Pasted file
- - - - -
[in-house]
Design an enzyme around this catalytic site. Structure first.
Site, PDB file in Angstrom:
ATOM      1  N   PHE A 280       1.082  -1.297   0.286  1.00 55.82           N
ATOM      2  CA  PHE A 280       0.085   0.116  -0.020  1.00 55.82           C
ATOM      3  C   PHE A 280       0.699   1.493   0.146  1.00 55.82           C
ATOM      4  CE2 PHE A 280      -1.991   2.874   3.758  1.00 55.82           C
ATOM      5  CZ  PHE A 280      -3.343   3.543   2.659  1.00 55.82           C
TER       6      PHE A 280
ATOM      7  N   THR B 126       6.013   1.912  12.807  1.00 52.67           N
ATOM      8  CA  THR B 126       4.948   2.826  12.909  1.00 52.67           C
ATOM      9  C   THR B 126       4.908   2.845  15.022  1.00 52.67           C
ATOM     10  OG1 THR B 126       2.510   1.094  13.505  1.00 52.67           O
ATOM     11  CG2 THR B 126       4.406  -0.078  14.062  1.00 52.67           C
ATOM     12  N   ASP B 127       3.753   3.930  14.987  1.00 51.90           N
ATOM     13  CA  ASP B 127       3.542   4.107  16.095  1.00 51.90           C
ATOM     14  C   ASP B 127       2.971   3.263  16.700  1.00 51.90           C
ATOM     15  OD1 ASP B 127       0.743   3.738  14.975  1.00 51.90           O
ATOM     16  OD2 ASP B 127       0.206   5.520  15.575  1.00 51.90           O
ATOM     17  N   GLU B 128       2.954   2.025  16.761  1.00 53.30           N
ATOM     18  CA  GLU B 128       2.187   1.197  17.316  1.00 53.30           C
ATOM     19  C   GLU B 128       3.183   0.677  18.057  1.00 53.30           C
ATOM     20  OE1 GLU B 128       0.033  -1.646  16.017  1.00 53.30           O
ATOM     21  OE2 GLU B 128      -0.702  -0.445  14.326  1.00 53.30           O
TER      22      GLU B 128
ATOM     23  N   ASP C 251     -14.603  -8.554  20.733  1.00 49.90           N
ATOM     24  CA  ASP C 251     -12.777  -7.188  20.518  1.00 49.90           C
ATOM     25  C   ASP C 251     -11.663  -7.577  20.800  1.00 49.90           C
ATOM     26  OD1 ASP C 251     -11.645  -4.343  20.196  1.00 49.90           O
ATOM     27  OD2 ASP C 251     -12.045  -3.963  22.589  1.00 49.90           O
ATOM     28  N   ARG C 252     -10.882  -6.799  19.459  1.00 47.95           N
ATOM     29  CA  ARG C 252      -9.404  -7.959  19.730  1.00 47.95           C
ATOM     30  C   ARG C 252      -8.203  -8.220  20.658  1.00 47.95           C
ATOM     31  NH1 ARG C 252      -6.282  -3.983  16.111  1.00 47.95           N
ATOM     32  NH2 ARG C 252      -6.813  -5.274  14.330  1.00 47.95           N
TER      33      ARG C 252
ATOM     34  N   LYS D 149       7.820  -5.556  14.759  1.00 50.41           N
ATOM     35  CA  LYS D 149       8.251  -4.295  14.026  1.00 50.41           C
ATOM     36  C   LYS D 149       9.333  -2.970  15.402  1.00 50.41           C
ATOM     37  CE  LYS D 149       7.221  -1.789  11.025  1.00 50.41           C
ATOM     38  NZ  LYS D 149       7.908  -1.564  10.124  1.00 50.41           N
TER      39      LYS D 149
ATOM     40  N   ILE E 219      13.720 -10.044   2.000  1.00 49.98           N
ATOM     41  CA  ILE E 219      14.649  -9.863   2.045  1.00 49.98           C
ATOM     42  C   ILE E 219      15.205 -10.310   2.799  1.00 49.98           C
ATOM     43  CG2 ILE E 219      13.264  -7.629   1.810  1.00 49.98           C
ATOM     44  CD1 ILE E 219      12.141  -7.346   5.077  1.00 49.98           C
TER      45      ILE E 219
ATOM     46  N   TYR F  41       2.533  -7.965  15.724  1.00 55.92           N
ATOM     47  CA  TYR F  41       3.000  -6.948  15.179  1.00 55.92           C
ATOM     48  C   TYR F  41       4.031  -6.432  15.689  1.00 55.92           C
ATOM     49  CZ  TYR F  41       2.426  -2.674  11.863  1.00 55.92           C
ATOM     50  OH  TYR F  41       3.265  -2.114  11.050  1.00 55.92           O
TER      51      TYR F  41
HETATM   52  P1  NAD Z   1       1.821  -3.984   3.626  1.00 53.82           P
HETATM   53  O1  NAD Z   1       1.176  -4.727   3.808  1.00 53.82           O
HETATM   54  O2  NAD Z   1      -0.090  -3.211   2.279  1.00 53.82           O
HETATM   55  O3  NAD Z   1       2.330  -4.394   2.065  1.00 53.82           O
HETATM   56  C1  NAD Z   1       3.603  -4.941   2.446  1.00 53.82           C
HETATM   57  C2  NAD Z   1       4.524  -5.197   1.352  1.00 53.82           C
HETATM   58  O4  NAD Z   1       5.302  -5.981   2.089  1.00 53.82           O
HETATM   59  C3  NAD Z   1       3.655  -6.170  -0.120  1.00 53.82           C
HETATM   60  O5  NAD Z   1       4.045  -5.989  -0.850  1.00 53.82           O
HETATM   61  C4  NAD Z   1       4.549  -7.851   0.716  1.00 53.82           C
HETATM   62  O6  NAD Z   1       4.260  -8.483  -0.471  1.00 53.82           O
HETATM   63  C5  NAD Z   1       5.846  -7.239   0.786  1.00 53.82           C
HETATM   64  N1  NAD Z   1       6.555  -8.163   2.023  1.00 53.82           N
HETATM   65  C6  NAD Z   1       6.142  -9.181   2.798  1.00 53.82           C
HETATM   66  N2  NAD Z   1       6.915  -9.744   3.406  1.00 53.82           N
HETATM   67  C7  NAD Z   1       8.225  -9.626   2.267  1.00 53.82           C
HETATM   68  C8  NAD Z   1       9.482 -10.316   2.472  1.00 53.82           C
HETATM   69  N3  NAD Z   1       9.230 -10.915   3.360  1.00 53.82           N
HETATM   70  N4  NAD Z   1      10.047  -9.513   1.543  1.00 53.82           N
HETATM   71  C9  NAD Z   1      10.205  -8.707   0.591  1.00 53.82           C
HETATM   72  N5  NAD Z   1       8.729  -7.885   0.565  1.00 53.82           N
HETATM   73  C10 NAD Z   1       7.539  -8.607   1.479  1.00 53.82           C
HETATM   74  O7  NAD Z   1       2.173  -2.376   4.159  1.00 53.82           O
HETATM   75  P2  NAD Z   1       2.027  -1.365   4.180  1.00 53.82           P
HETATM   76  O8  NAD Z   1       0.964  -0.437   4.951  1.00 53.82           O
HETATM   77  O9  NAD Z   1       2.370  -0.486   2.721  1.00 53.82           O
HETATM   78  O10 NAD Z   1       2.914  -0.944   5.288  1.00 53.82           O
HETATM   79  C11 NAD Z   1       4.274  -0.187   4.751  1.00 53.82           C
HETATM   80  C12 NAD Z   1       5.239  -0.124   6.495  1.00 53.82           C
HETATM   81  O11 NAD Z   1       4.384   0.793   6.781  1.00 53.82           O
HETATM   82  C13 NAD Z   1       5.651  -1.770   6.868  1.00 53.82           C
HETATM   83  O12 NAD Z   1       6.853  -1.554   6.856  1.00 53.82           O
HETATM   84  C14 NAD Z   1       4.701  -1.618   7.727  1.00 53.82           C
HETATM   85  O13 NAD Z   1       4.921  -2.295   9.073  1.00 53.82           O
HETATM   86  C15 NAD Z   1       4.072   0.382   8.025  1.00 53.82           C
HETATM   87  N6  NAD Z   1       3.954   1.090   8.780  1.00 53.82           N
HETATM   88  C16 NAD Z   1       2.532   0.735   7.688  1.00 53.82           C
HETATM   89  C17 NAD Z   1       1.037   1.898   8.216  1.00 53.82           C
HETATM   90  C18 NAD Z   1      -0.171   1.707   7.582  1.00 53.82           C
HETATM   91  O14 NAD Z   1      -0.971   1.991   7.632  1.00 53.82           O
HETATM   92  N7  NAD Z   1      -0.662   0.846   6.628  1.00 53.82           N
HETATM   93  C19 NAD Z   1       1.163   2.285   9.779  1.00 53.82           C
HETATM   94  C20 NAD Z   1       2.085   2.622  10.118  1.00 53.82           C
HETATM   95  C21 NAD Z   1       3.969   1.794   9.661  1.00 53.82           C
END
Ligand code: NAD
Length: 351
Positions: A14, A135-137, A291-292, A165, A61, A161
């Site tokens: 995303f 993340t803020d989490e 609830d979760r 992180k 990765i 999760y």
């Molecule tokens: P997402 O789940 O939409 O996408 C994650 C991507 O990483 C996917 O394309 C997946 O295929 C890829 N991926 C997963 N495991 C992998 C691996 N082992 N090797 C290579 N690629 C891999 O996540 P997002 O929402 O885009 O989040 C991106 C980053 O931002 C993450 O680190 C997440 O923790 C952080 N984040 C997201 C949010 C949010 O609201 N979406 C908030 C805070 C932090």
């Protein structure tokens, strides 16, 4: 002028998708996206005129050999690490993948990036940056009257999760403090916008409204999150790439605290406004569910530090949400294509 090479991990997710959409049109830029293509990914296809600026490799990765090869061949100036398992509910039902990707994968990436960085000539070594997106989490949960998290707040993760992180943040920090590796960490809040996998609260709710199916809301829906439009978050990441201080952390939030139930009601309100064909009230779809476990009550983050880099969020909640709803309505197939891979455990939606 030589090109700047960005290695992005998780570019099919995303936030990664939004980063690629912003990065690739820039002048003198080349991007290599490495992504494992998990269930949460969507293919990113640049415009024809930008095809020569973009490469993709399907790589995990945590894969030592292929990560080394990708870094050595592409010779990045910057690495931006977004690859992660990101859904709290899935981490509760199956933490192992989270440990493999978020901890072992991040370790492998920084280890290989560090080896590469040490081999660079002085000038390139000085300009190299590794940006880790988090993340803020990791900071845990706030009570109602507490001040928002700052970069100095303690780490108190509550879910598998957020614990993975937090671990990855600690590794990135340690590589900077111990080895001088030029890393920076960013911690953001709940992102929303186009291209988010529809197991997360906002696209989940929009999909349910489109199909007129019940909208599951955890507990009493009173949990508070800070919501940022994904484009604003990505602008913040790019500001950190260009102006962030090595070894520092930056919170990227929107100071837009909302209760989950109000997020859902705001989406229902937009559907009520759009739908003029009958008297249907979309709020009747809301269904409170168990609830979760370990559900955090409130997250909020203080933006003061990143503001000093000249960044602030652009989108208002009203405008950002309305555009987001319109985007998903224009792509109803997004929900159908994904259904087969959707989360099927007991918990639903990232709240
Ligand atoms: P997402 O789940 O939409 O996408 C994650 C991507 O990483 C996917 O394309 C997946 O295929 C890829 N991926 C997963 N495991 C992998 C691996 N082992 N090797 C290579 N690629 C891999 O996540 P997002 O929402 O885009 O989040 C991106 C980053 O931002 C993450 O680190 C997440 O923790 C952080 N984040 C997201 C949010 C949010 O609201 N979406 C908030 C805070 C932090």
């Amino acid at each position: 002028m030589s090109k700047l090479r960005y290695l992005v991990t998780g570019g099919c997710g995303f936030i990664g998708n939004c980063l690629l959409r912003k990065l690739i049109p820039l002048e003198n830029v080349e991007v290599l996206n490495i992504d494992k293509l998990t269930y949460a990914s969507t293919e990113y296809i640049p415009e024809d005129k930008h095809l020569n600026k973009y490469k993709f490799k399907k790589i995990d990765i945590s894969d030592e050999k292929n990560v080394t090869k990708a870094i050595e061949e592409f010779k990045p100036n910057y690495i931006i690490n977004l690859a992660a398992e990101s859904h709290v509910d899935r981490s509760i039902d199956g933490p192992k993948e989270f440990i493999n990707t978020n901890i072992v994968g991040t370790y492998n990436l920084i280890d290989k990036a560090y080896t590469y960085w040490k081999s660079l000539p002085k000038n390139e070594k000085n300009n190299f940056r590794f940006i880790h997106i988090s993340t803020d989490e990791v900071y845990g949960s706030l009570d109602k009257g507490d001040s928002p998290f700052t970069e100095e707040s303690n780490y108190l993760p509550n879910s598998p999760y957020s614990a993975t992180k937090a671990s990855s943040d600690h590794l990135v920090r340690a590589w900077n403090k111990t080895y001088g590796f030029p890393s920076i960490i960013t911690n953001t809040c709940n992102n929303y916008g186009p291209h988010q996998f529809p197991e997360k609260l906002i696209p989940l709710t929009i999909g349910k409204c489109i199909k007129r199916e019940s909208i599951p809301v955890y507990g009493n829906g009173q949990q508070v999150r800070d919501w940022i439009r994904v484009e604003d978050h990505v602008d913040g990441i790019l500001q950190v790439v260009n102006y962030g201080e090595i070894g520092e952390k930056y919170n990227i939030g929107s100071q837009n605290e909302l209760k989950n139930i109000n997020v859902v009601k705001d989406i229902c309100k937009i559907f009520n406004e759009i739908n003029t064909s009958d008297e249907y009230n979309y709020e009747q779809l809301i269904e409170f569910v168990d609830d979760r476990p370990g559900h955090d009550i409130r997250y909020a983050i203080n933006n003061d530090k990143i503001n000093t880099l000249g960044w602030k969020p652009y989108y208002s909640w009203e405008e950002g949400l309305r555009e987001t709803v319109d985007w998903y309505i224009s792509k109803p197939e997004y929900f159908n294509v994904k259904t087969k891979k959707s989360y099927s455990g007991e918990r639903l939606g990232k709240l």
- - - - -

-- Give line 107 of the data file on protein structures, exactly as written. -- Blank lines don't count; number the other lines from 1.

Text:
């Amino acid at each position: 002028m030589s090109k700047l090479r960005y290695l992005v991990t998780g570019g099919c997710g995303f936030i990664g998708n939004c980063l690629l959409r912003k990065l690739i049109p820039l002048e003198n830029v080349e991007v290599l996206n490495i992504d494992k293509l998990t269930y949460a990914s969507t293919e990113y296809i640049p415009e024809d005129k930008h095809l020569n600026k973009y490469k993709f490799k399907k790589i995990d990765i945590s894969d030592e050999k292929n990560v080394t090869k990708a870094i050595e061949e592409f010779k990045p100036n910057y690495i931006i690490n977004l690859a992660a398992e990101s859904h709290v509910d899935r981490s509760i039902d199956g933490p192992k993948e989270f440990i493999n990707t978020n901890i072992v994968g991040t370790y492998n990436l920084i280890d290989k990036a560090y080896t590469y960085w040490k081999s660079l000539p002085k000038n390139e070594k000085n300009n190299f940056r590794f940006i880790h997106i988090s993340t803020d989490e990791v900071y845990g949960s706030l009570d109602k009257g507490d001040s928002p998290f700052t970069e100095e707040s303690n780490y108190l993760p509550n879910s598998p999760y957020s614990a993975t992180k937090a671990s990855s943040d600690h590794l990135v920090r340690a590589w900077n403090k111990t080895y001088g590796f030029p890393s920076i960490i960013t911690n953001t809040c709940n992102n929303y916008g186009p291209h988010q996998f529809p197991e997360k609260l906002i696209p989940l709710t929009i999909g349910k409204c489109i199909k007129r199916e019940s909208i599951p809301v955890y507990g009493n829906g009173q949990q508070v999150r800070d919501w940022i439009r994904v484009e604003d978050h990505v602008d913040g990441i790019l500001q950190v790439v260009n102006y962030g201080e090595i070894g520092e952390k930056y919170n990227i939030g929107s100071q837009n605290e909302l209760k989950n139930i109000n997020v859902v009601k705001d989406i229902c309100k937009i559907f009520n406004e759009i739908n003029t064909s009958d008297e249907y009230n979309y709020e009747q779809l809301i269904e409170f569910v168990d609830d979760r476990p370990g559900h955090d009550i409130r997250y909020a983050i203080n933006n003061d530090k990143i503001n000093t880099l000249g960044w602030k969020p652009y989108y208002s909640w009203e405008e950002g949400l309305r555009e987001t709803v319109d985007w998903y309505i224009s792509k109803p197939e997004y929900f159908n294509v994904k259904t087969k891979k959707s989360y099927s455990g007991e918990r639903l939606g990232k709240l």